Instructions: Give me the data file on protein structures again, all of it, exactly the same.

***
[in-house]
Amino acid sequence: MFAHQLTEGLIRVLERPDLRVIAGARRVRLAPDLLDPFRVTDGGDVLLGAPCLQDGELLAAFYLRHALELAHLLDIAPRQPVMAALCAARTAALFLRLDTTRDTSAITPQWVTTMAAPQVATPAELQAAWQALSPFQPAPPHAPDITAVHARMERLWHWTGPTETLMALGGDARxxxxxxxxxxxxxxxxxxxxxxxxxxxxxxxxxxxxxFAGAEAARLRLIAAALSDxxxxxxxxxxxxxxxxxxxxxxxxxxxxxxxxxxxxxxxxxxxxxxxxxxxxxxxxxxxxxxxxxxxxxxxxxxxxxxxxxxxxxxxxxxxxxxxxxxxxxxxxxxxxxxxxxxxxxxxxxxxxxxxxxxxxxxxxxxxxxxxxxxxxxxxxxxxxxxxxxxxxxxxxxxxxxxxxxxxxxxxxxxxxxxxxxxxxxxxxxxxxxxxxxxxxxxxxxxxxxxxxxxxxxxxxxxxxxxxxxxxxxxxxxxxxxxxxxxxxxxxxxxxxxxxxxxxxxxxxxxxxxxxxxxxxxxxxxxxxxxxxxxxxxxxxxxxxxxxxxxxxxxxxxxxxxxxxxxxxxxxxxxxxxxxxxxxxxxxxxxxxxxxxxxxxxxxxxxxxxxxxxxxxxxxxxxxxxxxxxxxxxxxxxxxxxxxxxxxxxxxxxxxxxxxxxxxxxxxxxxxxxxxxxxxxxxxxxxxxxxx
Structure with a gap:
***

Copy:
[in-house]
Amino acid sequence: MFAHQLTEGLIRVLERPDLRVIAGARRVRLAPDLLDPFRVTDGGDVLLGAPCLQDGELLAAFYLRHALELAHLLDIAPRQPVMAALCAARTAALFLRLDTTRDTSAITPQWVTTMAAPQVATPAELQAAWQALSPFQPAPPHAPDITAVHARMERLWHWTGPTETLMALGGDARxxxxxxxxxxxxxxxxxxxxxxxxxxxxxxxxxxxxxFAGAEAARLRLIAAALSDxxxxxxxxxxxxxxxxxxxxxxxxxxxxxxxxxxxxxxxxxxxxxxxxxxxxxxxxxxxxxxxxxxxxxxxxxxxxxxxxxxxxxxxxxxxxxxxxxxxxxxxxxxxxxxxxxxxxxxxxxxxxxxxxxxxxxxxxxxxxxxxxxxxxxxxxxxxxxxxxxxxxxxxxxxxxxxxxxxxxxxxxxxxxxxxxxxxxxxxxxxxxxxxxxxxxxxxxxxxxxxxxxxxxxxxxxxxxxxxxxxxxxxxxxxxxxxxxxxxxxxxxxxxxxxxxxxxxxxxxxxxxxxxxxxxxxxxxxxxxxxxxxxxxxxxxxxxxxxxxxxxxxxxxxxxxxxxxxxxxxxxxxxxxxxxxxxxxxxxxxxxxxxxxxxxxxxxxxxxxxxxxxxxxxxxxxxxxxxxxxxxxxxxxxxxxxxxxxxxxxxxxxxxxxxxxxxxxxxxxxxxxxxxxxxxxxxxxxxxxxxx
Structure with a gap: